million for EHR supported science, engineering, mathematics, and technology education.
People receiving funding from the EHR include senior researchers, postdoctoral
associates, graduate and undergraduate students, and teachers and students at the
precollege level. Additional support is provided to individuals through informal science
Engineering (ENG). The activities of the ENG, at $628.6 million in FY2007,
were directed at enhancing the long-term economic strength and security of the Nation by
fostering innovation and excellence in engineering education and research. The ENG is
focused on integrating education and research in interdisciplinary areas such as
information and communication technologies, biotechnology, and environmental research.
Geosciences (GEO). The FY2007 request of $744.9 million for the GEO
Directorate provided support to programs that promote knowledge and discussions
concerning earth, including the sun, atmosphere, continents, oceans, and interior, and the
linkages among them. One of the objectives of the GEO is to expand the knowledge of
the biological, chemical, geological, and physical processes in the ocean, and at its
boundaries, with the atmosphere and the earth’s crust.
Mathematical and Physical Sciences (MPS). The FY2007 request of
$1,150.3 million for the MPS was to fund programs designed to increase the knowledge
base in the relevant sciences; improve the quality of educational programs, with emphasis
at the undergraduate level; improve the rate at which research efforts are translated into
societal benefits; and increase the diversity of approaches and individuals in the
mathematical and physical sciences.
Social, Behavioral, and Economic Sciences (SBE.) The SBE Directorate,
proposed at $213.8 million in FY2007, supported programs directed at developing basic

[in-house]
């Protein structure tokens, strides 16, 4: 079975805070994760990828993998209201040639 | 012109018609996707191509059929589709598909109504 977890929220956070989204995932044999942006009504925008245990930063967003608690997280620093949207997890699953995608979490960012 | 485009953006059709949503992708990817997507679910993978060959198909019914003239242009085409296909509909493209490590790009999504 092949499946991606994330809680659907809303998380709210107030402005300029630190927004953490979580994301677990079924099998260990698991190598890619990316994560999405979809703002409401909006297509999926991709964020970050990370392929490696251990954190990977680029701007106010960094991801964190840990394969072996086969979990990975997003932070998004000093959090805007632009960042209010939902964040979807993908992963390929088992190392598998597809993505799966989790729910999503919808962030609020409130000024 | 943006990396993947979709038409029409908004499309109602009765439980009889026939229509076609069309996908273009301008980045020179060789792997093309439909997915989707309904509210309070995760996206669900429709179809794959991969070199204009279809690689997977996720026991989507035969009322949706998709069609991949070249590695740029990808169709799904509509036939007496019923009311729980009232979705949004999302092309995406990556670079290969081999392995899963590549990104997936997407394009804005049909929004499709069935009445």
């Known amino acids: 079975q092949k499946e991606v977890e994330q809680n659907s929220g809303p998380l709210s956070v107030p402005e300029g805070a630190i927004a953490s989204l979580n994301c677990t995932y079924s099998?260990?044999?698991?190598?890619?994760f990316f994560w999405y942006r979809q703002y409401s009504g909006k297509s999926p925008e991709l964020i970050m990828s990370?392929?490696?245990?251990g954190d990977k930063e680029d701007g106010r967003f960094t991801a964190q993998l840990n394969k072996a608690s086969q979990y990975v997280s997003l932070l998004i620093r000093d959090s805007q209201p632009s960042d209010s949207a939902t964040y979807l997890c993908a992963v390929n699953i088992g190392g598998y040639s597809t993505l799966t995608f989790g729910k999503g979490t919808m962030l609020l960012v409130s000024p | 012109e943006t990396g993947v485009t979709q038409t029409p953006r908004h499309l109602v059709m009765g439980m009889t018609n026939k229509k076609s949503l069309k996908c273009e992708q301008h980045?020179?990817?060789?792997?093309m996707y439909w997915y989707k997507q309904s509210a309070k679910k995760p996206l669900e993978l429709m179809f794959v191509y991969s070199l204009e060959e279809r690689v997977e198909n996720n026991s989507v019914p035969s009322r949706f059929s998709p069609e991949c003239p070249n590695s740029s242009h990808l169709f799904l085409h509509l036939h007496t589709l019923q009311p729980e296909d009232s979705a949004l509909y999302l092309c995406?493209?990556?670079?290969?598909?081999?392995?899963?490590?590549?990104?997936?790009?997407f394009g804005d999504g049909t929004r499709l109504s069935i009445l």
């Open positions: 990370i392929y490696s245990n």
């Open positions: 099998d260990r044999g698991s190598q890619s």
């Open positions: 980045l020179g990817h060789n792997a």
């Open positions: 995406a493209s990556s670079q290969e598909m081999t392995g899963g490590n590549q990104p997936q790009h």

scientific knowledge about human behavior, culture, interaction, and decisionmaking, and
about social, political, and economic systems, organizations, and institutions. The SBE
also has served as the nation’s primary data source on science and engineering human,
institutional, and financial resources.
Other Program Activities and Accounts. The Major Research Equipment and
Facilities Construction (MREFC) account was funded at $240.5 million in the FY2007
request, a 26% increase over FY2006. The MREFC supports the acquisition and
construction of major research facilities and equipment that extend the boundaries of
science, engineering, and technology. First priority for funding is directed at ongoing
projects, and second priority is given to new starts. Five ongoing projects and two new
starts were scheduled for support in the FY2007 request — the Atacama Large Millimeter
Array Construction ($47.9 million), EarthScope ($27.4 million), IceCube Neutrino
Observatory ($28.7 million), National Ecological Observatory Network ($12 million),
Scientific Ocean Drilling Vessel ($42.9 million), Alaskan Region Research Vessel ($56
million), and Ocean Observatories Initiative ($13.5 million).
The EHR was proposed at $816.2 million in FY2007, a 2.5% increase ($19.5
million) over FY2006. The EHR portfolio is focused on increasing the technological
literacy of all citizens, preparing the next generation of science, engineering, and
mathematics professionals, and closing the achievement gap in all scientific fields.
Support at the educational levels was: precollege, $215 million; undergraduate, $196.8
million; and graduate, $160.6 million. The Math and Science Partnership Program (MSP)
was funded at $46 million, 27.2% below FY2006. Support was directed at ongoing
awards (no new partnerships were proposed), data collection, evaluation, and
dissemination. Added support was given to programs directed at increasing the number
of underrepresented minorities in science, mathematics, and engineering. These included
the Historically Black Colleges and Universities Programs ($29.7 million), Tribal
Colleges and Universities Program ($12.4 million), Louis Stokes Alliances for Minority
Participation ($39.7 million), and Centers of Research Excellence in Science and
Technology ($24.9 million). Funding for the Experimental Program to Stimulate
Competitive Research (EPSCoR) was $100.0 million in the FY2007 request, a slight
increase of $1.3 million over FY2006.
Policy Issues. There has been considerable debate in the academic and scientific
community and in Congress about the management and oversight of major projects
selected for construction and the need for prioritization of potential projects funded in the
MREFC account. One continuing question has focused on the process for including